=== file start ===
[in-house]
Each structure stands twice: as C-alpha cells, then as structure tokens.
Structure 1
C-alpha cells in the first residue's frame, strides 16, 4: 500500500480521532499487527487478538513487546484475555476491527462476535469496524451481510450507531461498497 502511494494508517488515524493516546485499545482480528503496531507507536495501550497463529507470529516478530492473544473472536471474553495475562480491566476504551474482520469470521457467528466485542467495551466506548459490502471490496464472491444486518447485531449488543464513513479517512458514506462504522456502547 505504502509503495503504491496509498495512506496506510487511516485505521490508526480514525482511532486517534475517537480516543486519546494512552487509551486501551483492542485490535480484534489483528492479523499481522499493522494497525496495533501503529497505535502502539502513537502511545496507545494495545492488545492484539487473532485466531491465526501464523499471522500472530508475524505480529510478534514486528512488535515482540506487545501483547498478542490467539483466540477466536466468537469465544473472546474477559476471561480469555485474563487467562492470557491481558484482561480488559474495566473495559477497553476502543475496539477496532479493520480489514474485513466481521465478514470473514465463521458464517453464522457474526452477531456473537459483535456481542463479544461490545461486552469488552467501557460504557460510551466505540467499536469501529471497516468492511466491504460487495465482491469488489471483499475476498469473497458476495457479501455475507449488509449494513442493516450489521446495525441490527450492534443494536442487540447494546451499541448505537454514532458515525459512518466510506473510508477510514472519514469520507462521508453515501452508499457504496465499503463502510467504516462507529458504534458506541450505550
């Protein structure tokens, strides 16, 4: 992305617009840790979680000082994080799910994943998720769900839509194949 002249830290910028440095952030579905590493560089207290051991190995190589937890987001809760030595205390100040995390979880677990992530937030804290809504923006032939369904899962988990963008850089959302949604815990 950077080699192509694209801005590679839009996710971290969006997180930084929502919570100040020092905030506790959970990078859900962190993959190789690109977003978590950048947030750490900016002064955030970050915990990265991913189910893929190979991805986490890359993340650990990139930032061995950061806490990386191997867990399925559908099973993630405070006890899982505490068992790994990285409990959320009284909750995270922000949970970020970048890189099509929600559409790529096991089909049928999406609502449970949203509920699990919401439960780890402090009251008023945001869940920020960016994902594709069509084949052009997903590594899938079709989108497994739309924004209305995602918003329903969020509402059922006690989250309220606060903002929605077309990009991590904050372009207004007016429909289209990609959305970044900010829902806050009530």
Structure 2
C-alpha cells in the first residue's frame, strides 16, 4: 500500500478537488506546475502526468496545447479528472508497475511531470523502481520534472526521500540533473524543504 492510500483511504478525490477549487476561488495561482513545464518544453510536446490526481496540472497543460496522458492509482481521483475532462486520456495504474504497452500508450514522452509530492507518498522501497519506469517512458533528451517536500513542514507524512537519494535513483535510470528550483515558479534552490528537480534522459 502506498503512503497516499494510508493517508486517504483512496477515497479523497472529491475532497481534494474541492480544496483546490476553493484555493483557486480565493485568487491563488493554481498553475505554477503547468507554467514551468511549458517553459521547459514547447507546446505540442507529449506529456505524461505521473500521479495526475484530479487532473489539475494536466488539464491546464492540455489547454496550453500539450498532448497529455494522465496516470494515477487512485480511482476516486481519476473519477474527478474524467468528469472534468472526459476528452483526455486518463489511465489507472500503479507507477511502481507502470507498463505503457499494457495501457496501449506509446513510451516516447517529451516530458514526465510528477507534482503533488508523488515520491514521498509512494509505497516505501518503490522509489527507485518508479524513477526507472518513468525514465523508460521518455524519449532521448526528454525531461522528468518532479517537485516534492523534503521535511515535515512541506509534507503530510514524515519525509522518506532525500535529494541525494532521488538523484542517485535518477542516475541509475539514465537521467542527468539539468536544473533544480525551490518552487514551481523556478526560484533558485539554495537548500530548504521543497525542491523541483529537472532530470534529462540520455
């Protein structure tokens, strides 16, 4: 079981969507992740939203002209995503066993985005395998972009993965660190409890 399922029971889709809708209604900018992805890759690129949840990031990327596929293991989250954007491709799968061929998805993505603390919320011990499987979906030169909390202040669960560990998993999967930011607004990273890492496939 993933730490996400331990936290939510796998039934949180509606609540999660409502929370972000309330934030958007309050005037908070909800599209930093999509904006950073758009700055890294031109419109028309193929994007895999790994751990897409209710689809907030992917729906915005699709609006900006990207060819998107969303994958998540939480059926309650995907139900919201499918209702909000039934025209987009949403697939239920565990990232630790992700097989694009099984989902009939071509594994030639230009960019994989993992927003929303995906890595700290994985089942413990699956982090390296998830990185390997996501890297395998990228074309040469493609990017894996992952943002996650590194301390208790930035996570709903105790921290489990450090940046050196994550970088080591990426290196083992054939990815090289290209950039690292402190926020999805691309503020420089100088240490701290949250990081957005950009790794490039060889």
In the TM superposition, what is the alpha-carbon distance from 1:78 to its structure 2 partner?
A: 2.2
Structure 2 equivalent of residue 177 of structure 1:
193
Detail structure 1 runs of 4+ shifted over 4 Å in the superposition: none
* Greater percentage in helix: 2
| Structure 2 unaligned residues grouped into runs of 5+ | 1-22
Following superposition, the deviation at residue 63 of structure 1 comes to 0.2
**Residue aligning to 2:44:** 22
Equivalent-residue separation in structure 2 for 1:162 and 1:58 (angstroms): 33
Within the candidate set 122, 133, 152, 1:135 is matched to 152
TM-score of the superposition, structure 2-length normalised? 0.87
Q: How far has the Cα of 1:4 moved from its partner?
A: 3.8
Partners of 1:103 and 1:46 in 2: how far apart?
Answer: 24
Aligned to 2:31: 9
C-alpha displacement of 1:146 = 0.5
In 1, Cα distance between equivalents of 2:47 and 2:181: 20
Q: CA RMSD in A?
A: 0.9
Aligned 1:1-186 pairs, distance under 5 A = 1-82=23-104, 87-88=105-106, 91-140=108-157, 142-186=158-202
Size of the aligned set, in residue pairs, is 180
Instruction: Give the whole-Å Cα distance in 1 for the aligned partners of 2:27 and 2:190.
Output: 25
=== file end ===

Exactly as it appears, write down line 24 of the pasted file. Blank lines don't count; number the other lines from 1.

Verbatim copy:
Answer: 24